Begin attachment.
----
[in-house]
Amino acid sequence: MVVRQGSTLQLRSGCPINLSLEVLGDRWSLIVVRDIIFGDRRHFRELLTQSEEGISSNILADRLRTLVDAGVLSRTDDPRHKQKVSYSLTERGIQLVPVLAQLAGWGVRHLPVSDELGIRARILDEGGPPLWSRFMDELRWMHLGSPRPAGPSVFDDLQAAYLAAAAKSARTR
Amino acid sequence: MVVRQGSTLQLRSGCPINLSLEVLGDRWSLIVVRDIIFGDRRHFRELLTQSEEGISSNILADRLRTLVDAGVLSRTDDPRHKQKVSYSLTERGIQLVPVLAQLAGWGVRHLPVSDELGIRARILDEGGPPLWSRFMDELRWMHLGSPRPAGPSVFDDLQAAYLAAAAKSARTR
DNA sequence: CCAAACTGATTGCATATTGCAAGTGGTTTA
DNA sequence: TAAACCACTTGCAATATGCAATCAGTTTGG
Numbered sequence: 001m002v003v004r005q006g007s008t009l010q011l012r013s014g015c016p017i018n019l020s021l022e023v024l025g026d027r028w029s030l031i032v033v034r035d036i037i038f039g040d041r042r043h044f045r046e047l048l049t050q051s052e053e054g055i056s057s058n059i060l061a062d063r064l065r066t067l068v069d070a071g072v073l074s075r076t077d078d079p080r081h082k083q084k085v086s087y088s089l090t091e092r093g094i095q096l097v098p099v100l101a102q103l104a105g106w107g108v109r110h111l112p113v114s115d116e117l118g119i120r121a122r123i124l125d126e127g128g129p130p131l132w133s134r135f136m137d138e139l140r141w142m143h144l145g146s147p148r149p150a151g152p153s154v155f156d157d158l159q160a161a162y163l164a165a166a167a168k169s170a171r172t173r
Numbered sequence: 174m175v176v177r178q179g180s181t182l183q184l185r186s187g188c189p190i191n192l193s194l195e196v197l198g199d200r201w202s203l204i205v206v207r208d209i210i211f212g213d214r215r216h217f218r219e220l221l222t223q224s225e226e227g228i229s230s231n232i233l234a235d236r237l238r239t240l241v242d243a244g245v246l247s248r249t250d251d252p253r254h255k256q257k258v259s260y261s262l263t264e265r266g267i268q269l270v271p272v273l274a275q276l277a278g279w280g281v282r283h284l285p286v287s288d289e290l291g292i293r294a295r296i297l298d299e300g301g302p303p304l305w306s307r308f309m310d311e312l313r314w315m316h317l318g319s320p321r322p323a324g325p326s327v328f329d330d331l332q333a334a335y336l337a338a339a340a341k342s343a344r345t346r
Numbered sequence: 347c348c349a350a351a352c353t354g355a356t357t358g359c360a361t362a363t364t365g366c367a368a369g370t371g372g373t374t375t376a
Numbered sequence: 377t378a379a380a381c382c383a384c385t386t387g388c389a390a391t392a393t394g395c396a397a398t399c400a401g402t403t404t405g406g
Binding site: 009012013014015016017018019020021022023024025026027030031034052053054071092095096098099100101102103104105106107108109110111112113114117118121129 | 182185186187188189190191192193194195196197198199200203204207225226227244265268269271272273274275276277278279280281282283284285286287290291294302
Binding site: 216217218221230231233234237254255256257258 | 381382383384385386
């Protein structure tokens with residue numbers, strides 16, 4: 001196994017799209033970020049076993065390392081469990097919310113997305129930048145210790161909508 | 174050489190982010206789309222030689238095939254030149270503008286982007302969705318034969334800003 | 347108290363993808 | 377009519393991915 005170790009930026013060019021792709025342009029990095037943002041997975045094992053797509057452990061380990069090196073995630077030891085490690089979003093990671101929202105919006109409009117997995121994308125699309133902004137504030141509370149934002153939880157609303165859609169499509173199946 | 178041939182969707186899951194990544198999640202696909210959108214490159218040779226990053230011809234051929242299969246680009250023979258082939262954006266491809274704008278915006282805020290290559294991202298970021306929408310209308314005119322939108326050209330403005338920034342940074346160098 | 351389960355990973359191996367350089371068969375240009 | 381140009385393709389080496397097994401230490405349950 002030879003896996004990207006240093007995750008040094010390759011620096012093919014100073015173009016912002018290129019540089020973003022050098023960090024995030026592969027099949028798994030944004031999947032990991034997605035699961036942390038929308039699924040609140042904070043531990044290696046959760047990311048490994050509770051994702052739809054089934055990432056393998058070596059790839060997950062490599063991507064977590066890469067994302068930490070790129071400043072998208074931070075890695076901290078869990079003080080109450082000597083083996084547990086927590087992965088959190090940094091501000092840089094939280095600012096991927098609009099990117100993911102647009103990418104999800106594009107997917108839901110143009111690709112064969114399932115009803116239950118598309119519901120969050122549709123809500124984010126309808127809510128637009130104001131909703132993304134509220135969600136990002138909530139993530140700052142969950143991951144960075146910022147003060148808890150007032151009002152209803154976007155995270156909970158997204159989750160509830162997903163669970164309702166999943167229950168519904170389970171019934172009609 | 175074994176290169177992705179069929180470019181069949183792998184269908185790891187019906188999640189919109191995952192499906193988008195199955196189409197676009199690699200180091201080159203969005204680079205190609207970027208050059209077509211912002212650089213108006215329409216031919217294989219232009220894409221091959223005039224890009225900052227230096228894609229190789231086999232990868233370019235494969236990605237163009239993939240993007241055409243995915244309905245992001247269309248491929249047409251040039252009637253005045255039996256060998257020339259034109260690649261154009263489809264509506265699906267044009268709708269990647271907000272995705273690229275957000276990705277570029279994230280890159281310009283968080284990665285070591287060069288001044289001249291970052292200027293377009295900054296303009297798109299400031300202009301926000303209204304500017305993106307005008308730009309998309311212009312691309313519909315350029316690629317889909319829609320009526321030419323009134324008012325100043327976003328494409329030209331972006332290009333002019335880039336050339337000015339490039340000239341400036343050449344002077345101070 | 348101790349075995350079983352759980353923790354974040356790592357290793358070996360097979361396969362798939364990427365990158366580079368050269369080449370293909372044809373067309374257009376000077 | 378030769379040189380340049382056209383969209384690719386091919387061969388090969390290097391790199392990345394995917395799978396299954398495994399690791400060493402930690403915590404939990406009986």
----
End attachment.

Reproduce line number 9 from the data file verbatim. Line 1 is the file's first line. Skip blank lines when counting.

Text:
Numbered sequence: 377t378a379a380a381c382c383a384c385t386t387g388c389a390a391t392a393t394g395c396a397a398t399c400a401g402t403t404t405g406g